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Forces of Magnets Attraction>Repulsion?

by AFSstudent
Tags: forces, magnets
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AFSstudent
#1
Feb13-12, 01:35 AM
P: 5
Hello I have come across a video that interested me,

(Attraction vs Repulsion in Magnetic Fields 2)
http://www.youtube.com/watch?v=8sUpF...eature=related

In this demonstration it shows the attractive magnetism is stronger than repulsive.
1) From this is it safe to say that the force of attraction is greater than repulsion?
2) What explanations are there that support/go against the outcome of this demonstration?

This really interest me to the point where I want to experiment and calculate just how much stronger attraction/repulsion is than the opposite.
3) Any idea how I can do this?
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Simon Bridge
#2
Feb13-12, 04:06 AM
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1. no
2. none - the "identical magnet" inserted was not in fact identical. Needs to repeat the experiment, swapping the roles of the magnets. Then there may be something worth talking about.

3. get some magnets and some springs (for measuring force) and try them out
AFSstudent
#3
Feb16-12, 05:09 PM
P: 5
Quote Quote by Simon Bridge View Post
1. no
2. none - the "identical magnet" inserted was not in fact identical. Needs to repeat the experiment, swapping the roles of the magnets. Then there may be something worth talking about.

3. get some magnets and some springs (for measuring force) and try them out
Thanks for the reply,
I'm just unsure about a few things.
2. How could you tell that the magnets were not identical other than the chips on the magnet itself (from what I made of it this is what I thought).
3. Do I calculate the spring tension force when the poles come into contact? And how would I be able to use springs to calculate repulsive force?

Simon Bridge
#4
Feb16-12, 10:59 PM
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Forces of Magnets Attraction>Repulsion?

2. because their attraction and repulsion are not the same - ergo, the magnets do not have the same field properties. One of the characteristics of scientific method is it's ability to establish general rules or "laws" for nature and this is one of them. He [the experimenter in the vid] got his result, most likely, because he did not use a proper control. Had he swapped the roles of the magnets, he would have got the opposite result.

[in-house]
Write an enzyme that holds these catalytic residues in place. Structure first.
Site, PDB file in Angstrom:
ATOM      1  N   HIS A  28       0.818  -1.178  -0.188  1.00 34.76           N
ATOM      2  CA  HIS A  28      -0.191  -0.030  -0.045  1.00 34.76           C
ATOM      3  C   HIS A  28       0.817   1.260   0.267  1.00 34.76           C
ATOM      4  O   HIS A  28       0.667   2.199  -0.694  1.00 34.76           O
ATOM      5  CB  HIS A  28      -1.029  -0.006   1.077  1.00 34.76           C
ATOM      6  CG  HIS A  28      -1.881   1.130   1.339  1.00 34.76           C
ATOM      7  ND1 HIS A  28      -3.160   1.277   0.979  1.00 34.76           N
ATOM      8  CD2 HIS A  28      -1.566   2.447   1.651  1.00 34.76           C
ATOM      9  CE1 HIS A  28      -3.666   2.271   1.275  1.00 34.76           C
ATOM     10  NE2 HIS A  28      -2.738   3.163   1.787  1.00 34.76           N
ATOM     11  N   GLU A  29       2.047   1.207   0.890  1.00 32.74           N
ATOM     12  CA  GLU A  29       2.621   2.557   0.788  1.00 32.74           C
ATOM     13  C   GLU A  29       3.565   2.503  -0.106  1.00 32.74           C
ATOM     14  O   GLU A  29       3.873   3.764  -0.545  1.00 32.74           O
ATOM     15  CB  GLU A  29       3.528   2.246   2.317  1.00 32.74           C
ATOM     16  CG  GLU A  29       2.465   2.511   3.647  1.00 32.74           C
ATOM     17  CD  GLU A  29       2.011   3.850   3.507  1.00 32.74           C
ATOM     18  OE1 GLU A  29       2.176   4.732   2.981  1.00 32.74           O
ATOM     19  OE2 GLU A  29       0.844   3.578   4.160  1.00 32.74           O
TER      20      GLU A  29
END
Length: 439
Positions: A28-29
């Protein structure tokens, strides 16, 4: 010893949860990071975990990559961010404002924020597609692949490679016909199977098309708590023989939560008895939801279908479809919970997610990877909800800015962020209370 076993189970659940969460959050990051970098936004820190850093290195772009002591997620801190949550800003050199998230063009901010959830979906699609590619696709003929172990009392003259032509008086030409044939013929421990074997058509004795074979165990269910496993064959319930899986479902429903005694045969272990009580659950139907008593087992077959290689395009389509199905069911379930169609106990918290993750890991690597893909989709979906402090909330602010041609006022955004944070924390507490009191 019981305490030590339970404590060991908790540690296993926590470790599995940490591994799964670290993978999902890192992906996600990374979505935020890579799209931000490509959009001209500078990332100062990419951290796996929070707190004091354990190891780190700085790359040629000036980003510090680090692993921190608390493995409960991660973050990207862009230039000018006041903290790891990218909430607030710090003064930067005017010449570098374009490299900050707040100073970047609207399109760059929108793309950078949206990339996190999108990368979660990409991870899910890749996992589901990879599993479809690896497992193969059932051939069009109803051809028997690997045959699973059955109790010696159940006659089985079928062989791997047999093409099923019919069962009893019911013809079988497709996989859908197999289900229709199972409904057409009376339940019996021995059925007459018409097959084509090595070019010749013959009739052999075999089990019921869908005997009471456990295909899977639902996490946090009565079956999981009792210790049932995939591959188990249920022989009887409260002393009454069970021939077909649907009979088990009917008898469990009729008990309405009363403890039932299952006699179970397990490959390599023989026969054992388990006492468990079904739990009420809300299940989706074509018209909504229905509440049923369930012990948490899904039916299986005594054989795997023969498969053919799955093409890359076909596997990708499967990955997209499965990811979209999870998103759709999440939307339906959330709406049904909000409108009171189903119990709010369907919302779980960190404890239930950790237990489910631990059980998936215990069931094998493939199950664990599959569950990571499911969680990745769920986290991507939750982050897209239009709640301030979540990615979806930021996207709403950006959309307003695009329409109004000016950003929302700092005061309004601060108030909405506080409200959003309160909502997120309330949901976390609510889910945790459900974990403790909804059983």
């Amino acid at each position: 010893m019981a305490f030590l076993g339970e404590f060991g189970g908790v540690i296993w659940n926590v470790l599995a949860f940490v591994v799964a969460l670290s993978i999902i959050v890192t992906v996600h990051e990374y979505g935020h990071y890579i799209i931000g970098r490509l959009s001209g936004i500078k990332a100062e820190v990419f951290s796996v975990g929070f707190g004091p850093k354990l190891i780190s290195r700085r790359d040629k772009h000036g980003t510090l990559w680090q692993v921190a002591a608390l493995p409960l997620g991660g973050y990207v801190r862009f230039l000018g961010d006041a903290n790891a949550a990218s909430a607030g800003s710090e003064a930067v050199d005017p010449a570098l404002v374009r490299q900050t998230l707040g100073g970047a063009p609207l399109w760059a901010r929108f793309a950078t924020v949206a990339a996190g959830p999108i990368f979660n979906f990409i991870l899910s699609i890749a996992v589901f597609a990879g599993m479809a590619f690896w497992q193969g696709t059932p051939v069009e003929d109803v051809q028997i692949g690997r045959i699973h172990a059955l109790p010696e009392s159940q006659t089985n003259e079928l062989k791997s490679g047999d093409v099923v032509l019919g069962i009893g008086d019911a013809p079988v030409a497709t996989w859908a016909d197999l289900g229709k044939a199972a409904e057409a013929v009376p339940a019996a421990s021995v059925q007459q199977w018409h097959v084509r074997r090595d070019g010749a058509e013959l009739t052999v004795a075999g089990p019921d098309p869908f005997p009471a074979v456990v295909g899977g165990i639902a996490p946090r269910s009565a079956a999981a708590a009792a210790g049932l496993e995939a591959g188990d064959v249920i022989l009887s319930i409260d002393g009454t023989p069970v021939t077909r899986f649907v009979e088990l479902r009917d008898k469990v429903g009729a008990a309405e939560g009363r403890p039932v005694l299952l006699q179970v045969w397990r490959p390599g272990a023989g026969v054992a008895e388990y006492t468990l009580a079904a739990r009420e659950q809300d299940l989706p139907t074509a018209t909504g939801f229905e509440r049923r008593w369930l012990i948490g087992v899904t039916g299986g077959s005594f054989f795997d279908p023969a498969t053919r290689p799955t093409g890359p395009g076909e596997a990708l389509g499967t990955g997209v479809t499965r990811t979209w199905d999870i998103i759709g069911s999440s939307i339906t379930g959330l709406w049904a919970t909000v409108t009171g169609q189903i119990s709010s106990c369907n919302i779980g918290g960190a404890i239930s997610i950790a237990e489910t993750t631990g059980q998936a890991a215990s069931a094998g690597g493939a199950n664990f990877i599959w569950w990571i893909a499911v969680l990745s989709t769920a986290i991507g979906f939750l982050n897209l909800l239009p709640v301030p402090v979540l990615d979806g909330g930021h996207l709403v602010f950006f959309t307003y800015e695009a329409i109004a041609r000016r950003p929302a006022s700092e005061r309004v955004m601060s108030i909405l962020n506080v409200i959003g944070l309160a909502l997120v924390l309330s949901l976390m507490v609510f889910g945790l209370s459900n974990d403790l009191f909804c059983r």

There are all sorts of problems in the vid - the lack of a proper control is just the most glaring one. This needs to be addressed before we can even tell that anything interesting is happening.

Do you know how bar magnets get their magnetism in the first place?

3. no. you need to use the spring tension to balance the magnetic force without contact.

You want to set up the magnets on a track, fix one in place, and attach the other to a spring. Any retarding force will do - you can tilt the track and use gravity. In fact, carefully done, gravity will be better since you don't have to worry about details of material properties.

Fix a magnet to one end of the track and have the other magnet free to move at the other end. Test repulsion first - tilt the track slightly so the free magnet slides gently towards the fixed one until is stops. Measure the position of the magnet for different tilt angles and plot the graph.

to test attraction, turn the free magnet the other way round, and tilt the track so gravity pulls it the other way. This will be the fiddly one. Plot the equilibrium position against angle for this too.

repeat both cases with the roles of the magnet reversed.

repeat again using an unmagnetised iron bar in place of the fixed magnet ... do this for both magnets.

There are lots of variations like using solenoids and varying the current, making a pendulum, and so on. You should realize that this is one of those things that has been tested to death over centuries.

However - this sort of thing is very useful for learning about scientific method.
Focus on setting up the experiment to isolate the particular property you want to investigate - this involves critical thinking: you have to debunk your own work.
A.T.
#5
Jun28-12, 08:19 AM
P: 4,194
What about this explanation?
http://www.supermagnete.de/eng/faq/repulsion
Simon Bridge
#6
Jun28-12, 10:39 AM
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That's pretty good and well done for finding it.
[in case it vanishes later - the magnetic fields of the magnets affect the magnetic zones inside them - aligning the magnets improves the alignment of the individual zones making the magnets stronger in this configuration ... the other way disrupts the alignment weakening the magnetism.]

The effect mentioned there is very small indeed while the effect shown in the video is quite dramatic. I stand by my original statement - the problems with the experiment as shown need to be addressed before we can tell if anything significant is happening.